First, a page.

Is this Review addressing these three issues? Has it requested research on these issues, and if so, can that research be accessed and commented on before the Review makes recommendations?
If indeed these are issues the Review will deal with and if our group can be given some idea of the approaches the Review hopes to take, then we would be prepared to provide detailed suggestions as to the changes which should be made regarding police leadership, police culture, and civilian oversight. These are weighty subjects that are rarely addressed by those in official positions, which is why we need assurances that the Review is in fact dealing with them before we engage in a fuller discussion.
3. Police Boards: training and oversight
Following Anna Willats presentation of our brief to the G20 Review, the Review asked TPAC to advise on two questions:
(1) What type of training should members of police civilian oversight bodies, like the Toronto Police Services Board, receive in order to discharge the statutory mandate as outlined in the Police Services Act? Should members of the Board be required to have any particular expertise in order to be appointed?
(2) There are many who say that it is very important for a civilian oversight body, like the Toronto Police Services Board, to have some division from operations. Some even suggest that it may be problematic to have civilians directing or influencing police operations. Does your organization believe that there should be any division between policy and operations from a civilian oversight perspective, and if so, can you provide the broad contours of what that division would look like in practice?
TPAC responded as follows:
A. Training of police Board members.
We believe that training should be carried out in large part by external individuals who are knowledgeable about policing and who have demonstrated that they are effective teachers. We think criminology schools should be encouraged to offer courses tailored to police board members, and Boards should budget to send members to such courses.
Training should be both about policing issues (far too few police board members have much knowledge about how policing works or the challenges it offers) and about effective governance.
a) Training Board members about police - issues to be addressed:
1. Police culture and police associations
2. The nature of racial profiling and other equity issues
3. The Charter of Rights and Freedoms and the role of police in upholding it
4. Police and people with mental health issues and addictions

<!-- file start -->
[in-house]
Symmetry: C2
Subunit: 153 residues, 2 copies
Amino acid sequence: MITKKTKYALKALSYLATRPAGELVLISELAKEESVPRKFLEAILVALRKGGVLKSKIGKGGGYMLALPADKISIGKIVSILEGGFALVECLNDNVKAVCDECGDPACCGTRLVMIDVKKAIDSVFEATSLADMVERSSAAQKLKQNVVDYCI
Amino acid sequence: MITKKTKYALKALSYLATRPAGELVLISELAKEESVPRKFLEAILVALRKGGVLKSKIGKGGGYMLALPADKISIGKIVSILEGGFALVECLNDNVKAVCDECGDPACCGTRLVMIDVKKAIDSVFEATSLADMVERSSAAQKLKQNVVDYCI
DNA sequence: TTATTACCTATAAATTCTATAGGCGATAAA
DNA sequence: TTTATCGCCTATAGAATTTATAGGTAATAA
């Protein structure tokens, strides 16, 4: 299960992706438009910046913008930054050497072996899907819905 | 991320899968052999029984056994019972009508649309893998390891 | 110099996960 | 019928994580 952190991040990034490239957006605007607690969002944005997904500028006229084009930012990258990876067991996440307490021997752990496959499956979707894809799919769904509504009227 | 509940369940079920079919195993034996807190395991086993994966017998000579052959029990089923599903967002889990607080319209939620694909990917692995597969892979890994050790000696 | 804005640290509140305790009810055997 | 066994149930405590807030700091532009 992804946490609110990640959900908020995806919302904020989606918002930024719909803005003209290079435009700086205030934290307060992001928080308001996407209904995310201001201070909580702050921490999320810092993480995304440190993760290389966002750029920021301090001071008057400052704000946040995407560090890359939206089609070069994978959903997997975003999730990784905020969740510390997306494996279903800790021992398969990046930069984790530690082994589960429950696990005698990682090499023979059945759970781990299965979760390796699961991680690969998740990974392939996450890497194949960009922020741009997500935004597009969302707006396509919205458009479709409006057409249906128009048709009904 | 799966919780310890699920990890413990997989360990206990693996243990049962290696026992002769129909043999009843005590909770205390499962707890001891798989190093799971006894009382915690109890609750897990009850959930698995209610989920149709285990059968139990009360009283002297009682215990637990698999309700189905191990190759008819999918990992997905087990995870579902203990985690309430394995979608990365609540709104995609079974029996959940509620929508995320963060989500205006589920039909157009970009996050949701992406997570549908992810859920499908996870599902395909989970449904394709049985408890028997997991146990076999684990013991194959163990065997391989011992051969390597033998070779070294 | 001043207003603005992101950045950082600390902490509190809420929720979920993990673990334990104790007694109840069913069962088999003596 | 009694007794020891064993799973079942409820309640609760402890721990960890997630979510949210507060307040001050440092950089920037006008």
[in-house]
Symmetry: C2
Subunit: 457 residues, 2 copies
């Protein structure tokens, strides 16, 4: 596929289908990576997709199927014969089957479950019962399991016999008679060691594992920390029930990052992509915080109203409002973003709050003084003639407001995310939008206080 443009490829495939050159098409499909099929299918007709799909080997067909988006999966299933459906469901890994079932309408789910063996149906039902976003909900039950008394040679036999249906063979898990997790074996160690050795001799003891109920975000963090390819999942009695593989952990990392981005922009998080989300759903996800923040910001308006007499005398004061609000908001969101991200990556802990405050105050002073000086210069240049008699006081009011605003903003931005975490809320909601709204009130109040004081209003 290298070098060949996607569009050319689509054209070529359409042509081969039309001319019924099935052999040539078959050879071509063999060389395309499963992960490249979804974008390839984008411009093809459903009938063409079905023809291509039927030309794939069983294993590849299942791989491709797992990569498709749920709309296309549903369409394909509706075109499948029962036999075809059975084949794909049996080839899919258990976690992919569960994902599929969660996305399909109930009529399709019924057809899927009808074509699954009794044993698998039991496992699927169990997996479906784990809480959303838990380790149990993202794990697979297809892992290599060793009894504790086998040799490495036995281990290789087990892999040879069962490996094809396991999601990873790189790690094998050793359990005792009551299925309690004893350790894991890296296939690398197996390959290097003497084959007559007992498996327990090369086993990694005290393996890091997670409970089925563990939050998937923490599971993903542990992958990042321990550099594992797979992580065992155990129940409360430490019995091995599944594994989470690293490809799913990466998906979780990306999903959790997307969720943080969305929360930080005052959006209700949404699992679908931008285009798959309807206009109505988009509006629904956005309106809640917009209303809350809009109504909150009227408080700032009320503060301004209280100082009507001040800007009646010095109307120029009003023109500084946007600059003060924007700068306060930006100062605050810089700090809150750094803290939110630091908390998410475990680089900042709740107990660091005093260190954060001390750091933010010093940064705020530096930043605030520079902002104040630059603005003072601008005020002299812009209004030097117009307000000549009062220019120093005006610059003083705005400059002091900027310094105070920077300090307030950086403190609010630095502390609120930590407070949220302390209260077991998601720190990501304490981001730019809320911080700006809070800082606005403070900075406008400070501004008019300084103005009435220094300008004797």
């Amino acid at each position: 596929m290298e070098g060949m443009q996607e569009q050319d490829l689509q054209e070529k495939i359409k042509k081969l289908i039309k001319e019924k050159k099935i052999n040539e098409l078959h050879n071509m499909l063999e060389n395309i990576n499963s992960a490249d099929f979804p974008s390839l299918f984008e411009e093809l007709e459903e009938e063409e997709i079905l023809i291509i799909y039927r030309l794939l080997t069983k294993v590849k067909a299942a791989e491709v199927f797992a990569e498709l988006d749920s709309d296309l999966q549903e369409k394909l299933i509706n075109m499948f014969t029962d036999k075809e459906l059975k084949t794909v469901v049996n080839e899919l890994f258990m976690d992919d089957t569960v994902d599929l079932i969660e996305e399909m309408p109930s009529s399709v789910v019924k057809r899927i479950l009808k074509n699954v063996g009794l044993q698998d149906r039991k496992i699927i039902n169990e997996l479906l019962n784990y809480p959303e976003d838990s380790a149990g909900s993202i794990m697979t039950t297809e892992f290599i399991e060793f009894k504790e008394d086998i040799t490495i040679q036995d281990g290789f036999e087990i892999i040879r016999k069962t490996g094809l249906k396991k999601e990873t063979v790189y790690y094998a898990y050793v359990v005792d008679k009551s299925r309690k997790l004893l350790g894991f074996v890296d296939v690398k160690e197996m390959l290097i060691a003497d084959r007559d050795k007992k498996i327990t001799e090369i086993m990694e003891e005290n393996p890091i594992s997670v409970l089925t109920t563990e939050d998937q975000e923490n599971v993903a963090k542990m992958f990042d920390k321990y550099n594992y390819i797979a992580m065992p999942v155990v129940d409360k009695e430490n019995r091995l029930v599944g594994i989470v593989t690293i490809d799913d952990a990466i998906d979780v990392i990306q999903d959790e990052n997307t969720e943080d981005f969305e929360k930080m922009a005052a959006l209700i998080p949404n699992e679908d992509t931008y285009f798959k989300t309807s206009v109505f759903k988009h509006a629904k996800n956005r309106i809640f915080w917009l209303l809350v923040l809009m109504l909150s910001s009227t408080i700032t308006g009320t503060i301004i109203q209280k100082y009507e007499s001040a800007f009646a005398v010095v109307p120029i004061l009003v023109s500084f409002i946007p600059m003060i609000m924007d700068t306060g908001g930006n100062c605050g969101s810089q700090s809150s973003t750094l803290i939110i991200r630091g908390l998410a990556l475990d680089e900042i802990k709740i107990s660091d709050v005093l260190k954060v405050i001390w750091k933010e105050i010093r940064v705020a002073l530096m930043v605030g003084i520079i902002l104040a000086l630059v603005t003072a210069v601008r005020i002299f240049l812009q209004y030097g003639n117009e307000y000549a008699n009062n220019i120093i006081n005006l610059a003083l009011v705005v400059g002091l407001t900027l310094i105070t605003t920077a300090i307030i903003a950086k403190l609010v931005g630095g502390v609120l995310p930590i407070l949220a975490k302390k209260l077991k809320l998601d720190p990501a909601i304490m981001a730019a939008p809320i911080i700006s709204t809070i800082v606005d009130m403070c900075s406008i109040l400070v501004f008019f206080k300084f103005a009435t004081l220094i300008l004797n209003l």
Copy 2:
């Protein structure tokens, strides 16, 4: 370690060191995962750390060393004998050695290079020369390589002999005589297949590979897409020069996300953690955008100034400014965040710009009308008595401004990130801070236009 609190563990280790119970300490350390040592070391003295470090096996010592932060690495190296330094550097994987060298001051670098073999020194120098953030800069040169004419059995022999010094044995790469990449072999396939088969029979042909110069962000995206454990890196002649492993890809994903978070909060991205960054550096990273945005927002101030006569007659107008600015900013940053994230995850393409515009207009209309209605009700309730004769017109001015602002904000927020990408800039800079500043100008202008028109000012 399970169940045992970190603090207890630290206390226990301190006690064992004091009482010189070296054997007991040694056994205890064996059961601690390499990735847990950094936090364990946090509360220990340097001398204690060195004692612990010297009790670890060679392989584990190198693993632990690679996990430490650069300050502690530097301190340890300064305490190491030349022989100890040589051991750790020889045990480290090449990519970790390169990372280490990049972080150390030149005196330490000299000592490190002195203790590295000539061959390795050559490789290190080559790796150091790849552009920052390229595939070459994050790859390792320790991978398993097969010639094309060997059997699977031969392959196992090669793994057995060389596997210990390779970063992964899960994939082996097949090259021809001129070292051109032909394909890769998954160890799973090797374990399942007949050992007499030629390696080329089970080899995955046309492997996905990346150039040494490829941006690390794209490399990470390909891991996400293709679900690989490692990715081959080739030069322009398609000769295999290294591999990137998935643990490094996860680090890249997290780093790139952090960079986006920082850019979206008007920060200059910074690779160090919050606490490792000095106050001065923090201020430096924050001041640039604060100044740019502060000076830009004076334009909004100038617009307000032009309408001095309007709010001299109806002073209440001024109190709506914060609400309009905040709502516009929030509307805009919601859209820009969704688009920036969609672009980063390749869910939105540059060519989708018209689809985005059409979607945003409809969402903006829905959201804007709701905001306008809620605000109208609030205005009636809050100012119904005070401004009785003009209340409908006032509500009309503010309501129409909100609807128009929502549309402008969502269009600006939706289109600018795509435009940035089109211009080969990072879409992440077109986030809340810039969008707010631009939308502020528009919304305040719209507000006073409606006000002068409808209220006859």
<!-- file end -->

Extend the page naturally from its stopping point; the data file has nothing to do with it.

5. Conflict resolution
6. Disciplining police internally what works, what doesnt
7. Police complaint mechanisms
8. Statistics about crime and police
b) Training Board members about governance issues to be addressed
1. An introduction to the Police Services Act
2. Overseeing an operating division of local government: what it means and entails
3. The difference between managing the managers and managing the rank and file
4. Playing an effective role in managing policy
5. Collective bargaining and what is in a collective agreement with police, i.e. basic pay, shift schedules and pay, duty pay, retention pay, other perks.
6. Encouraging and supporting public input
7. Encouraging and supporting public debate on important police issues
8. Making accountability to the public a reality
9. Tips for establishing and maintaining transparency and positive relationships with managers
B. Expertise of Board members
We believe that members of police boards should have a range of talents and experiences, much like a jury has a range of talents and experiences. There should be no special focus on lawyers or other professionals, for example. However, we do think that the basic training we outline above should be offered to all board members.
We also think that police boards in Ontario are generally too small. Size is limited by the Police Services Act. Most boards are just three members, some are five, and Toronto is allowed seven members. These numbers should be substantially increased if we want to have strong and intelligent boards with a range of experience. We suggest the basic board be seven members, and that for municipalities with more than 100,000 residents, boards should be between 11 and 15 members.
C. The Boards relationship to a municipal police force
The Police Services Act gives broad powers to the board in Section 31 (powers that a local committee is given in Section 31(5) with respect to OPP officers working there.) The big restriction is in day-to-day matters, and that is a normal restriction for every board of directors: a board of directors is there to manage the managers, not to jump over the managers and do their managing for them. With that in mind, our comments are in two parts: during times of normal policing; and during major public order incidents such as emergencies, disasters, and riots.
a) Relations during times of ordinary policing
1. The Board is responsible for managing the manager, that is, the chief. (In a large force like Toronto, it makes sense that managing should extend to the deputy chiefs as well, while recognizing that the chief is the senior operational manager. The Police Services Act should be amended to make this clear for police forces employing more than 2 300 individuals. It makes no sense to say that with a police force of more than 5000 members, the Board only has access to the chief.)